There’s obviously a problem at the airline with crew using “fatigue” inappropriately. But as CEO he needs to choose his words better. I work for a healthcare organization that just dealt with a nurses strike. The CEO said both of the following things in the same letter. 1. Striking nurses are putting patient’s safety at risk. 2. Patient’s are not a risk because we have secured skilled temporary replacement workers. Never fully trust the words of a CEO.

    1. Your master Guest

      Airline pilot checking in.. Ill call in sick or fatigued whenever i feel like it, just a little bit.

  9. Icarus Guest

    @Ben from Sunday, inbound covid testing for arrivals to the US won’t be required

    1. Daniel B. Guest

      Yes, I alerted Lucky earlier today to that, but my message disappeared- presumably because it had a link to a Twitter message

  10. Niko_jas Guest

    His frustration at the LSE listed share price dropping 46% in the last 6 months must have put him in a bad mood...

    1. betterbub Gold

      Not a bad mood. Just fatigued, like everybody else.

  11. The Joe Guest

    Seems like some people are in the "if he did say it, he didn't mean it, and if he did, you didn't understand it" part of the deflection.

    I can appreciate the notion that *maybe* these pilots are not using their Sick leave appropriately, but if that's the case, you address that issue, not some issue about needing to push the extra mile through fatigue.
    The comments as put forward are suggestive and dangerous....

    Seems like some people are in the "if he did say it, he didn't mean it, and if he did, you didn't understand it" part of the deflection.

    I can appreciate the notion that *maybe* these pilots are not using their Sick leave appropriately, but if that's the case, you address that issue, not some issue about needing to push the extra mile through fatigue.
    The comments as put forward are suggestive and dangerous. He could've said things differently, he could've not said anything at all.

  12. Daniel B. Guest

    Totally different but if the below tweet is true, the compulsory Covid-19 test before returning to the US will end in 2 days’ time:
    https://twitter.com/kaitlancollins/status/1535253030894850048?s=10&t=oaO4B-wR1Le-4NN_ilAecQ

    Anyone heard the same as above?
    I am not on Twitter, a friend forwarded it

  13. Sean M. Diamond

    It is also incumbent upon crewmembers to manage their own rest so that they are not fatigued when they receive rosters that are compliant with flight duty period regulations.

    I've personally never advised or instructed crew to fly through fatigue, but I have questioned the root cause of some fatigue claims. Sometimes, it indicates a genuine pattern that can be addressed. Often though, there is more to the issue than just physical fatigue, which is...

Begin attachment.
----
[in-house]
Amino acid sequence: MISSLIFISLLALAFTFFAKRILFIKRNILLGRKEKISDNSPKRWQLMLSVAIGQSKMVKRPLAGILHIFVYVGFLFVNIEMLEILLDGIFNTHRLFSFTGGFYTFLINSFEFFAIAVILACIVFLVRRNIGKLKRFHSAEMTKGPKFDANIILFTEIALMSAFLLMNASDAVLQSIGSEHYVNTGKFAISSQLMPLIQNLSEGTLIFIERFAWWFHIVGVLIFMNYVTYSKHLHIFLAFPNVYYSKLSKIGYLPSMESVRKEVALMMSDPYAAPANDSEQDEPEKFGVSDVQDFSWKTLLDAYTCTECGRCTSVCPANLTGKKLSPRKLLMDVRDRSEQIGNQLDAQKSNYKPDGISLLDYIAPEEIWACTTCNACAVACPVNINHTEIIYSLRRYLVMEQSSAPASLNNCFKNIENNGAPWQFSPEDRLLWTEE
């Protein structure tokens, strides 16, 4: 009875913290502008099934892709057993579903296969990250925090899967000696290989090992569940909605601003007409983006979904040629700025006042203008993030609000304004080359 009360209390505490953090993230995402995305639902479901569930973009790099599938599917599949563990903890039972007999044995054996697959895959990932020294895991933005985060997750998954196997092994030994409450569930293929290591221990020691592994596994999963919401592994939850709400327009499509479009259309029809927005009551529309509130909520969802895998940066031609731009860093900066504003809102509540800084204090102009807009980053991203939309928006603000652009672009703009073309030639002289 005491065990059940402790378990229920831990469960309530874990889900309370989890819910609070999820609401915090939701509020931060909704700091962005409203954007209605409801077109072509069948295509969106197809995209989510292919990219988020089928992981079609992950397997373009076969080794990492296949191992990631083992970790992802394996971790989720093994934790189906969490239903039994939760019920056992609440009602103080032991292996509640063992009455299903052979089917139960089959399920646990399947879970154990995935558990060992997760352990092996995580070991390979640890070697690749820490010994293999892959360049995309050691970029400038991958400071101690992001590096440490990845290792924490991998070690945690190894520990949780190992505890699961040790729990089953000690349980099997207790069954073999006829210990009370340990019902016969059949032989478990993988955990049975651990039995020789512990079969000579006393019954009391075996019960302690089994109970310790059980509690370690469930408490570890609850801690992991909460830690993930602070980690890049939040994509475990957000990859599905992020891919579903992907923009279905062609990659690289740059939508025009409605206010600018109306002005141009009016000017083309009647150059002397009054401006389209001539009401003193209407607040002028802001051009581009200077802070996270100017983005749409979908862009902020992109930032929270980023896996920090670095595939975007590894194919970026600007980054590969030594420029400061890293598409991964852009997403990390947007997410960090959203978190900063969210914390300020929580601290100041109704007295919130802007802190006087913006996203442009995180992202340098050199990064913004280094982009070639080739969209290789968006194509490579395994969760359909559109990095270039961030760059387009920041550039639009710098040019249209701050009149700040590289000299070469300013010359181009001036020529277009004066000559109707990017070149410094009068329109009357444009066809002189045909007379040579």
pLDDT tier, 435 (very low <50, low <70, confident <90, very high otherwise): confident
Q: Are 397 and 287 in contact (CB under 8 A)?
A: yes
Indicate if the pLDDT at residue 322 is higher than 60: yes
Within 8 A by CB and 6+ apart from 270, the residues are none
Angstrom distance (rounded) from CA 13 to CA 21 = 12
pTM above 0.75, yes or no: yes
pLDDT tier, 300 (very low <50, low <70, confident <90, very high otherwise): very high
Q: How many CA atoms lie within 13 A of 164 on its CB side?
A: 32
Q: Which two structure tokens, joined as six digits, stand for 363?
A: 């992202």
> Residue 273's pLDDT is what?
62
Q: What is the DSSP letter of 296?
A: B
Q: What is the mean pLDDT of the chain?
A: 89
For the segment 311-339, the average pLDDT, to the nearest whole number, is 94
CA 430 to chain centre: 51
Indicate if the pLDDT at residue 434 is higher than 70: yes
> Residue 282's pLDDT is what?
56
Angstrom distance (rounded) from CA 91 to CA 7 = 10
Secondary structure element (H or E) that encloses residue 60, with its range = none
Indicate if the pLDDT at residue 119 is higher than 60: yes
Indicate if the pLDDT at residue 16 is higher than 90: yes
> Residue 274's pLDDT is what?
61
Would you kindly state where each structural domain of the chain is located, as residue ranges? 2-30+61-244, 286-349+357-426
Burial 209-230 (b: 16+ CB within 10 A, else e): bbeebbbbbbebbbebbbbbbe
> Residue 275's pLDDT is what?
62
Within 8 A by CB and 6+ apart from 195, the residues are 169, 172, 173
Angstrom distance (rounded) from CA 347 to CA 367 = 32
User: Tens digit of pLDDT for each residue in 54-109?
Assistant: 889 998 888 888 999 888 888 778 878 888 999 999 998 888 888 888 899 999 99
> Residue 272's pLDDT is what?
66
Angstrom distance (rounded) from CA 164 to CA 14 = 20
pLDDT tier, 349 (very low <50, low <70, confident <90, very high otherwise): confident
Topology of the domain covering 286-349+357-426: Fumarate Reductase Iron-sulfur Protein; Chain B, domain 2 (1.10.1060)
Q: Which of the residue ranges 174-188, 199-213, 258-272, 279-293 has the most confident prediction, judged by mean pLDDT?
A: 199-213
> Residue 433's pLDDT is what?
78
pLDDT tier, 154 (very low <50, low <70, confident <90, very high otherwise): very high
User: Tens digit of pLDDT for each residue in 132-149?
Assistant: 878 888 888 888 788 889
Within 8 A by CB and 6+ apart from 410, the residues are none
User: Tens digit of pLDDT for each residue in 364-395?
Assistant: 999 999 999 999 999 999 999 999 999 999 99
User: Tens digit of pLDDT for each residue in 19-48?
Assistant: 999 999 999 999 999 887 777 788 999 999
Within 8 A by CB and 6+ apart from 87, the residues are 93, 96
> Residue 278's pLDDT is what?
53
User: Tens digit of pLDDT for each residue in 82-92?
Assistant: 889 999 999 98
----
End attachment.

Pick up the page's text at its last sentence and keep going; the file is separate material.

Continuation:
It is also incumbent upon crewmembers to manage their own rest so that they are not fatigued when they receive rosters that are compliant with flight duty period regulations.

    I've personally never advised or instructed crew to fly through fatigue, but I have questioned the root cause of some fatigue claims. Sometimes, it indicates a genuine pattern that can be addressed. Often though, there is more to the issue than just physical fatigue, which is what I think he is implying here.

    For example. I've had to deal with a crewmember calling out "fatigued" after a 2 night layover. A call to the layover hotel revealed that the crewmember in question was fatigued because he spent the night in the local jail after being arrested for streaking through the lobby on a dare. In a situation like that, I too would expect him to "go the extra mile" - not by flying while drunk or tired, but by not getting himself into that situation in the first place.

    It isn't like any reasonable pilot is going to say "I'm too tired to fly but I'm going to listen to Varadi instead and risk my own life anyway". I don' t believe that is what Varadi is implying they should do either.

  14. Donato Guest

    The comments by Varadi and comments here can not be evaluated in a vacuum. there must be some background issues going on here. I suspect that there is a work action under there fatigue issues.

    1. Syd Guest

      Yeah, but not "evaluating comments in a vaccum" is not fun though. It's a lot easier and feels a lot better to just say "the guy wants to make his 100M euros and he gives no fs about safety."
      The approach you're suggesting requires a little more thought and leaves less room for grandstanding.

    2. X-CCCP Member

      Agree with both of you.

      Not to speculate but PROBABLY the guy does not actually mean fly fatigued...he implies that everyone lives with stress and we have to learn how to live and deal with it.

      But hey, sensationalism is what reporting all about today...

    3. Klaus Guest

      Thank you Syd, thank you Donato.
      (Yeah, it’s always easy to blame the CEO…but as long as customers and bloggers are looking at the best value, crew members have to sacrifice…)

  15. sushi New Member

    It’s an incentive issue. Who doesn’t want extra money, especially when it’s £100M?

  16. Eve Guest

    This was one of the key reasons why Norway were not allowing Wizz Air to open a hub in the country. Labour issues aside, there was also issues with the hiring practices of the airline and also a fear of the regional market becoming dominated by LCCs

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Dustin Guest

I would rather see data around the demanded flight/work hours these pilots are asked to accomplish. It might be too much (clear company fault), or it might be in line with, or less than regulated flight hours. FAA, for example, strictly regulates these numbers in a commercial environment. This might indicate poor time work/life management of employees, or just a bad culture in the organization (also company fault). We're all human. This could be a crappy leader/company, could be lazy employees, could be somewhere in the middle. Without objective data, how would we judge? Final Caveat: NObody is going to claim that safety should not be #1 in ANY industry, expecially aviation. The question has to be: Is the company asking the employees to perform an UNSAFE amount of work? (My guess: Probably yes, but again, I personally wouldn't judge without appropriate data.) Note: This opinion coming from an FAA-certified private pilot. I am NOT a commercial pilot.

1
Daniel B. Guest

Yes, I alerted Lucky earlier today to that, but my message disappeared- presumably because it had a link to a Twitter message

1
Icarus Guest

@Ben from Sunday, inbound covid testing for arrivals to the US won’t be required

1